In this virtual drug repurposing study, we used 7922 FDA approved drugs and compounds in clinical investigation from NPC database. Both apo and holo forms of SARS-CoV-2 Main Protease as well as Spike Protein/ACE2 were used for virtual screening. Initially, docking was performed for these compounds at target binding sites. The compounds were then sorted according to their docking scores which represent binding energies. The first 100 compounds from each docking simulations were initially subjected to short (10 ns) MD simulations (in total 300 ligand-bound complexes), and average binding energies during MD simulations were calculated using the MM/GBSA method. Then, the selected promising hit compounds based on average MM/GBSA scores were used in long (100-ns and 500-ns) MD simulations. In total around 15 µs MD simulations were performed in this study. Both docking and MD simulations binding free energy calculations showed that holo form of the target protein is more appropriate choice for virtual drug screening studies. These numerical calculations have shown that the following 8 compounds can be considered as SARS-CoV-2 Main Protease inhibitors: Pimelautide, Rotigaptide, Telinavir, Ritonavir, Pinokalant, Terlakiren, Cefotiam and Cefpiramide. In addition, following 5 compounds were identified as potential SARS-CoV-2 ACE-2/Spike protein domain inhibitors: Denopamine, Bometolol, Naminterol, Rotigaptide and Benzquercin. These compounds can be clinically tested and if the simulation results validated, they may be considered to be used as treatment for COVID-19.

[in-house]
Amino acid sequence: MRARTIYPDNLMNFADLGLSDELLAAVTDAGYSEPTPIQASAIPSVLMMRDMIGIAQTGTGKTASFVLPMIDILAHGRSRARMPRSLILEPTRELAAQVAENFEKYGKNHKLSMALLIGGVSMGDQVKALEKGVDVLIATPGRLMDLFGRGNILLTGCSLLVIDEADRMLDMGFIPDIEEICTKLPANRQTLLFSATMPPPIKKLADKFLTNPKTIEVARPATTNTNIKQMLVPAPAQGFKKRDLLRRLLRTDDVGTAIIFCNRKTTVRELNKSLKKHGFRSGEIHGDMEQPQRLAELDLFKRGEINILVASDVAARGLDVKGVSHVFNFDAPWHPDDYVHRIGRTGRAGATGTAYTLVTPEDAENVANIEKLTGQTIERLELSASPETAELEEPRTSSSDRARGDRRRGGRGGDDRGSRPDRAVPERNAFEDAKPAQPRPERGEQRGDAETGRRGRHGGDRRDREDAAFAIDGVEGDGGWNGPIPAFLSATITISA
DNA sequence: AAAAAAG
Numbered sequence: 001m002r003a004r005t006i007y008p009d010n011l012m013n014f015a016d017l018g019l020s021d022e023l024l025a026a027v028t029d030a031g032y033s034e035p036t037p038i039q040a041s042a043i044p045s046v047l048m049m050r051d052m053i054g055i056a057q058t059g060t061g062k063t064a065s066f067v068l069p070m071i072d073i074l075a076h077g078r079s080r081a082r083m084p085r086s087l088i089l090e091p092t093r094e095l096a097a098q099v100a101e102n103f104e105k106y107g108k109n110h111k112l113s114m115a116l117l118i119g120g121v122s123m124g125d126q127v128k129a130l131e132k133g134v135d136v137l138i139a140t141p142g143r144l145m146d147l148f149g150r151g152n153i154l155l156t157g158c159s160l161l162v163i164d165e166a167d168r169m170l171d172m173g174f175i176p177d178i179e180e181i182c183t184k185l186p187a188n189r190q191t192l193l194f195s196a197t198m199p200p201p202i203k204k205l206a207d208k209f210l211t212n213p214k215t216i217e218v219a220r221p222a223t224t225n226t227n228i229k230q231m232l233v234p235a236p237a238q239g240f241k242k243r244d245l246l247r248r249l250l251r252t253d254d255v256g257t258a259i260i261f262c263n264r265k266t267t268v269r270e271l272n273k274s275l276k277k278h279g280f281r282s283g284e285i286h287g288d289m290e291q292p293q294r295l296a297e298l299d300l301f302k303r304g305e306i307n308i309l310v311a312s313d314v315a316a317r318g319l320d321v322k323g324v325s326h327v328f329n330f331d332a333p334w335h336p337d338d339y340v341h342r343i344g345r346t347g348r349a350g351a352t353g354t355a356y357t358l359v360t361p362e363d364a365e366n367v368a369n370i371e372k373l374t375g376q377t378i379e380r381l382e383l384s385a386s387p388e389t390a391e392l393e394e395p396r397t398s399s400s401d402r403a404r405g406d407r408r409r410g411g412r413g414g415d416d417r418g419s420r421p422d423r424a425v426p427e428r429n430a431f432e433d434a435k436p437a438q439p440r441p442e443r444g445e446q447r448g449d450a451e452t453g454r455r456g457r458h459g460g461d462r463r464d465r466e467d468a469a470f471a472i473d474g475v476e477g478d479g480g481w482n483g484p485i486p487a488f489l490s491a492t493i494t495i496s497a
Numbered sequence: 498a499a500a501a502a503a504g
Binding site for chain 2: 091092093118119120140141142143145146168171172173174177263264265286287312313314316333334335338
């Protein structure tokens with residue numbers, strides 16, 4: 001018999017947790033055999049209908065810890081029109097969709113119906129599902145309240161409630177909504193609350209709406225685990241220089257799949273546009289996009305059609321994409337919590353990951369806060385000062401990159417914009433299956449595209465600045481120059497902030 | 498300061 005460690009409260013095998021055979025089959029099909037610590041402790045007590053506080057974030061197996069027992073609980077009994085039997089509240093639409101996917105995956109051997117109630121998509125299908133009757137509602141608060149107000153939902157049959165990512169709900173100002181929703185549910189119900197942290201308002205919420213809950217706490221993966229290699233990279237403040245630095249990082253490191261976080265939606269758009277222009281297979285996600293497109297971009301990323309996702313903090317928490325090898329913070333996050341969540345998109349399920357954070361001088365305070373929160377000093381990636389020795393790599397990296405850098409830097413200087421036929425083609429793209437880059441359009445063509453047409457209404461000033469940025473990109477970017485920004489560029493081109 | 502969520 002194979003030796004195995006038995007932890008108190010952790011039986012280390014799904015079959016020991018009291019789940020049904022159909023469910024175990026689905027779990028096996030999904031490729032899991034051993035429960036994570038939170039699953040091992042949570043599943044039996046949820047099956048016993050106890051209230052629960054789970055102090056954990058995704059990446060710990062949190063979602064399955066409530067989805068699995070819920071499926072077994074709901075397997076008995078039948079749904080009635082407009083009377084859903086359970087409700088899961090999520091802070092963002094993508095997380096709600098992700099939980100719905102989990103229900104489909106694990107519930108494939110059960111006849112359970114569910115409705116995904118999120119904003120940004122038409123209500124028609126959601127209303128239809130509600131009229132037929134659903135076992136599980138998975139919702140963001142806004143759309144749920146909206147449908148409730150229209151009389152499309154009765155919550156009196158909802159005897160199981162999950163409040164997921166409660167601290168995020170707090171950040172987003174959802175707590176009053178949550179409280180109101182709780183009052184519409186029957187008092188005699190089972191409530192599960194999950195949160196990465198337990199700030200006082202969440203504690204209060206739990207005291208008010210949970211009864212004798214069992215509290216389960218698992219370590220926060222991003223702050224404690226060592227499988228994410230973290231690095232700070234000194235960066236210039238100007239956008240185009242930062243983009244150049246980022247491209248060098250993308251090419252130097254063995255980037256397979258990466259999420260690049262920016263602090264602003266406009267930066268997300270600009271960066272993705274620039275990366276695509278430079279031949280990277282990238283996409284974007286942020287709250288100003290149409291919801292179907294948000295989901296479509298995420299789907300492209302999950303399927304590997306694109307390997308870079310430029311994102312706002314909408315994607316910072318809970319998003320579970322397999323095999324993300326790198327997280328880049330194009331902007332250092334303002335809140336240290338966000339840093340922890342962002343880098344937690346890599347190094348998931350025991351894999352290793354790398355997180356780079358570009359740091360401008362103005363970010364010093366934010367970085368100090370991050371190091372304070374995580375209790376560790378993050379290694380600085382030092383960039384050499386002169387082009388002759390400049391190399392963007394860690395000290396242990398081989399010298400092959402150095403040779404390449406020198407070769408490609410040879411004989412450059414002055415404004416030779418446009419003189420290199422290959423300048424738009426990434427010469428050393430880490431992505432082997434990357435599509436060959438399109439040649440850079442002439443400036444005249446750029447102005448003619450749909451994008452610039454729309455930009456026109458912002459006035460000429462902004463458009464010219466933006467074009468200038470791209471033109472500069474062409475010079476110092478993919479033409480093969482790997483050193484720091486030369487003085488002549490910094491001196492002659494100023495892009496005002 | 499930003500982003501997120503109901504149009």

Kouznetsova et al., Potential SARS-CoV-2 protease Mpro inhibitors: repurposing FDA-approved drugs, Physical Biology, doi:10.1088/1478-3975/abcb66
Abstract Using as a template the crystal structure of the SARS-CoV-2 main protease, we developed a pharmacophore model of functional centers of the protease inhibitor-binding pocket. With this model, we conducted data mining of the conformational database of FDA-approved drugs. This search brought 64 compounds that can be potential inhibitors of the SARS-CoV-2 protease. The conformations of these compounds undergone 3D fingerprint similarity clusterization. Then we conducted docking of possible conformers of these drugs to the binding pocket of the protease. We also conducted the same docking of random compounds. Free energies of the docking interaction for the selected compounds were clearly lower than random compounds. Three of the selected compounds were carfilzomib, cyclosporine A, and azithromycin—the drugs that already are tested for COVID-19 treatment. Among the selected compounds are two HIV protease inhibitors and two hepatitis C protease inhibitors. We recommend testing of the selected compounds for treatment of COVID-19.